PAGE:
The Tsunami Quilt
Written by: Anthony D Fredericks
Illustrated by: Tammy Yee
Published by: Sleeping Bear Press 2007
Ages: 6 years and up
Themes: history, remembrance, love, loss, understanding, multicultural
Opening lines: When I was little, my grandfather and I went everywhere, always sharing stories and discovering new places. We were the best of friends.
Synopsis: From Amazon- In April 1, 1946 – an enormous tsunami wave strikes Hilo, Hawai’i, causing death and destruction. Even those islanders who are fortunate to have survived find their lives forever altered. Young Kimo loves his grandfather very much – they go everywhere together, sharing island stories and experiences. But there is one story his grandfather has yet to share and that is the reason behind their yearly pilgrimage to Laupahoehoe Point. Here, in silent remembrance, Grandfather places a flower lei atop a stone monument. It is only after his grandfather’s sudden death that Kimo learns the story behind their annual visit and the reason for the sadness that has haunted his grandfather throughout the years. Evocative writing brings this tragic event from Hawaiian history to present-day reality for young readers today.
Why I liked this: The title alone caught my eye and I was interested in how a topic such as a Tsunami could be covered in a PB. The story is beautifully written, both factual and moving. There are many aspects to this story that I love, the relationship between the young boy and his grandfather, the faithful remembrance of a lost love one, how a tragic event could affect so many people and the effect it has on them years later. An Author’s Note in the back of the book discusses the phenomena of tsunamis. Former schoolteacher Tony Fredericks is an award-winning author of many nature and animal books for children. A frequent presenter at schools and conferences across America, Tony teaches education courses at York College in York, Pennsylvania. Tammy Yee’s soft watercolour tones add to the story’s serious theme yet create a sense of calm that reflects the calm before and after the storm, she lives in Hawaii.
Resources/Findings: The Author’s Note at the end of the book a helpful tool for teaching words and concepts related to a tsunami. This book is useful for discussion in class of relationships between grandparents and grandchildren, also discussion about loss of a love one and how It also celebrates life and how life continues with special memories kept alive to honour those who die.
A teacher’s guide is found here to compliment this story…. http://www.gale.cengage.com/pdf/TeachersGuides/tsunami.pdf
Other books on the topic of Tsunamis, (one is unaware of how many books cover this tragic even until you search.) …. http://www.tsunami.org/storebooks.html
For more books with resources please head on over and visit the lovely author Susanna Leonard Hill’s blog and find the tab for Perfect Picture Books. Her blog is full of resources links and activities associated with the books reviewed by many authors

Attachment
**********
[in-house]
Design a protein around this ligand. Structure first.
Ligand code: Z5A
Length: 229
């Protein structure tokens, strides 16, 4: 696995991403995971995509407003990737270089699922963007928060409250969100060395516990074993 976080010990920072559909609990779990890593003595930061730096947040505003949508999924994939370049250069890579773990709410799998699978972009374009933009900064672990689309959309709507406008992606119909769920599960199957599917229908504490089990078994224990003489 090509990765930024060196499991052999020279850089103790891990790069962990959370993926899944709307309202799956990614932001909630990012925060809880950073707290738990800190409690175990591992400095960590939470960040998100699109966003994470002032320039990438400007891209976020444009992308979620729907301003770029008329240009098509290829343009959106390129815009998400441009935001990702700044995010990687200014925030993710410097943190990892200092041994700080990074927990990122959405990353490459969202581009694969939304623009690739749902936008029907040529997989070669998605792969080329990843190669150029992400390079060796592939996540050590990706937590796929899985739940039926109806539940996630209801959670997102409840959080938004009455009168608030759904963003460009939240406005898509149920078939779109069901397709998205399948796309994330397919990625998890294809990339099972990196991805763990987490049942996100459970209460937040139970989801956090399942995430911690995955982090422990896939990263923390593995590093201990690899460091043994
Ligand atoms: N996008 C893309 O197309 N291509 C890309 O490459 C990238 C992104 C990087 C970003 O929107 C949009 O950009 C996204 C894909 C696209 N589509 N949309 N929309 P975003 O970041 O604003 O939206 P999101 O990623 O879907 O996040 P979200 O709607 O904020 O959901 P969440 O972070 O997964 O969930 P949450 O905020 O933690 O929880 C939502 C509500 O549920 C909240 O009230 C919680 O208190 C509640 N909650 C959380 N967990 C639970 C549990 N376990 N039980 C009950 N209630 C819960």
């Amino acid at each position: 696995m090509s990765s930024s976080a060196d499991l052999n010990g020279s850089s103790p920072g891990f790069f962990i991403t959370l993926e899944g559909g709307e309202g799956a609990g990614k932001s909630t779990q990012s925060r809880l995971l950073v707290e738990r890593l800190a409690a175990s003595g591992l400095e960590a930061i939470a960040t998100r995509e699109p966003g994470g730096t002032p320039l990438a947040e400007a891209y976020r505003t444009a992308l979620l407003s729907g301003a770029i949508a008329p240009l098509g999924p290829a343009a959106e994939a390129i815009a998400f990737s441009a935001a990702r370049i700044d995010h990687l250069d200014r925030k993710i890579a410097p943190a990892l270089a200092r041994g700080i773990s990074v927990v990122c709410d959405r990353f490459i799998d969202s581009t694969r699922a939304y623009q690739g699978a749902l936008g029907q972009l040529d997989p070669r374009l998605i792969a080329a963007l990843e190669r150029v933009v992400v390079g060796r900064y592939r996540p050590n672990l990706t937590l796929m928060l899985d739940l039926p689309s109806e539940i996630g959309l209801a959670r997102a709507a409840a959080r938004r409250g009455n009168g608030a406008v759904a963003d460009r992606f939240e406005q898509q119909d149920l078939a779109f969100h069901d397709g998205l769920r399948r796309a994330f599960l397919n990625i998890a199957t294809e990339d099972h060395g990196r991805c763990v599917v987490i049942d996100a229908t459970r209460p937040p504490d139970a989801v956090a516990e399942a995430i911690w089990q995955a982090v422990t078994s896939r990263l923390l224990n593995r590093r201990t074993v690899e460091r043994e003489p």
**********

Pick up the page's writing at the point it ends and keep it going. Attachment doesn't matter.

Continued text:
It does sound lovely. The relationship to grandparents can be so important.
It is a very heartfelt story and I love the relationship they have. Thanks for commenting.
Another friendship story. What a great Friday! This story sounds pretty unique. I’ve been all caught up in our local disaster in West and have been seeing first hand how these events can affect people. They are very sad events, but they seem to bring out uncapped strengths. I’ll have to check this book out. thanks for sharing!
Yes, you bring up a very good point there, Rhythm. It is often in the face of disaster or sadness that we find such special strengths, caring and understanding. Even hopefulness! Thank you, Rhythm.
Apart from the overall theme, this is a piece of history I didn’t know about. Thanks for sharing this.
Hi Wendy. It is surprising what we learn when reviewing picture books, isn’t it. I too was unaware of this particular event. Your welcome.
Interesting story, thanks for sharing. Sounds like a touching book.
Hi Darshana, nice to see you here. Yes it is a very moving story, I have a soft spot for these sort. Thanks for commenting.
This sounds like a multilayered and moving story, Diane!
Yes Joanna, it is. Glad you like it. Thank you.
I’d like to see how the topic has been handled in this book – plus I am a sucker for grandparent stories.
So am I, a sucker for these type of stories, Julie. I think you will like it very much.
Sounds like a good book for a tough topic. Thank you for sharing.
Cool Mom for
Stanley & Katrina
Your very welcome Stanley and Katrina. Nice to see you here. Do stay awhile and take a look round. Thanks for your comment.
This looks like a very special book; thank you for showcasing it with your beautiful review!
Thank you very much for your lovely comment, Barbara. It is special!
What a sweet story, Diane. I love that the boy found out more after his grandad passed away.
Thank you CAtherine, it is lovely and I too am glad he found out.
Wow, this sounds like a powerful book for young readers.
Hi Hannah, yes it has a number of messages in this. Interesting!
A good pick, and timely as children hear more about disasters than ever before.
Thank you Darlene, glad you like this. Enjoy!